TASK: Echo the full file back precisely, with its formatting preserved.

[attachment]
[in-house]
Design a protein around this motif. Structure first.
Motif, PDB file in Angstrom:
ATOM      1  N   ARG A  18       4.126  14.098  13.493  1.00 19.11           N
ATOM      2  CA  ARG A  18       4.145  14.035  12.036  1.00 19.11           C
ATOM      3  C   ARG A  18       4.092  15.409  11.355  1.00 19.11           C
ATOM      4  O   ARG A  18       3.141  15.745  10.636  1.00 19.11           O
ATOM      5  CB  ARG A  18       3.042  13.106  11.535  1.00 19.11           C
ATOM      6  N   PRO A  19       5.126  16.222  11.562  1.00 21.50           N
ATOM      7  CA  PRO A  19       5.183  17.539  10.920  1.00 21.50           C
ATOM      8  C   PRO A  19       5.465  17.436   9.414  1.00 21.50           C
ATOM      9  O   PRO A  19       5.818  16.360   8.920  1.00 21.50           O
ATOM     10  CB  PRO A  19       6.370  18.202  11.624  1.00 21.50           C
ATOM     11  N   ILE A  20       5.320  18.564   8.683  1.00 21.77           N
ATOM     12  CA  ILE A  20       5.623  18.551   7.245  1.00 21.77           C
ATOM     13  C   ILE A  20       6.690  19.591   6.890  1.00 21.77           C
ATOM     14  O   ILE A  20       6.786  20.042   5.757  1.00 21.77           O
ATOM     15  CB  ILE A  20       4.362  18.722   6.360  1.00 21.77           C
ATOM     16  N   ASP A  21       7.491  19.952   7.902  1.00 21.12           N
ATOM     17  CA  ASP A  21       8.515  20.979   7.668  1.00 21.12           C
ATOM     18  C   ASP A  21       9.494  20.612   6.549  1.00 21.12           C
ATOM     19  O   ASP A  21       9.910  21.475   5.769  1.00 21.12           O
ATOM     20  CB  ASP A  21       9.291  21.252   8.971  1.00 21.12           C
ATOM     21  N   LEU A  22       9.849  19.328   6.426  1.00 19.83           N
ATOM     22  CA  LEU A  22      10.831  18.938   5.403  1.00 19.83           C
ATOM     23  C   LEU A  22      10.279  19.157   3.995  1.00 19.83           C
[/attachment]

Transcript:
[in-house]
Design a protein around this motif. Structure first.
Motif, PDB file in Angstrom:
ATOM      1  N   ARG A  18       4.126  14.098  13.493  1.00 19.11           N
ATOM      2  CA  ARG A  18       4.145  14.035  12.036  1.00 19.11           C
ATOM      3  C   ARG A  18       4.092  15.409  11.355  1.00 19.11           C
ATOM      4  O   ARG A  18       3.141  15.745  10.636  1.00 19.11           O
ATOM      5  CB  ARG A  18       3.042  13.106  11.535  1.00 19.11           C
ATOM      6  N   PRO A  19       5.126  16.222  11.562  1.00 21.50           N
ATOM      7  CA  PRO A  19       5.183  17.539  10.920  1.00 21.50           C
ATOM      8  C   PRO A  19       5.465  17.436   9.414  1.00 21.50           C
ATOM      9  O   PRO A  19       5.818  16.360   8.920  1.00 21.50           O
ATOM     10  CB  PRO A  19       6.370  18.202  11.624  1.00 21.50           C
ATOM     11  N   ILE A  20       5.320  18.564   8.683  1.00 21.77           N
ATOM     12  CA  ILE A  20       5.623  18.551   7.245  1.00 21.77           C
ATOM     13  C   ILE A  20       6.690  19.591   6.890  1.00 21.77           C
ATOM     14  O   ILE A  20       6.786  20.042   5.757  1.00 21.77           O
ATOM     15  CB  ILE A  20       4.362  18.722   6.360  1.00 21.77           C
ATOM     16  N   ASP A  21       7.491  19.952   7.902  1.00 21.12           N
ATOM     17  CA  ASP A  21       8.515  20.979   7.668  1.00 21.12           C
ATOM     18  C   ASP A  21       9.494  20.612   6.549  1.00 21.12           C
ATOM     19  O   ASP A  21       9.910  21.475   5.769  1.00 21.12           O
ATOM     20  CB  ASP A  21       9.291  21.252   8.971  1.00 21.12           C
ATOM     21  N   LEU A  22       9.849  19.328   6.426  1.00 19.83           N
ATOM     22  CA  LEU A  22      10.831  18.938   5.403  1.00 19.83           C
ATOM     23  C   LEU A  22      10.279  19.157   3.995  1.00 19.83           C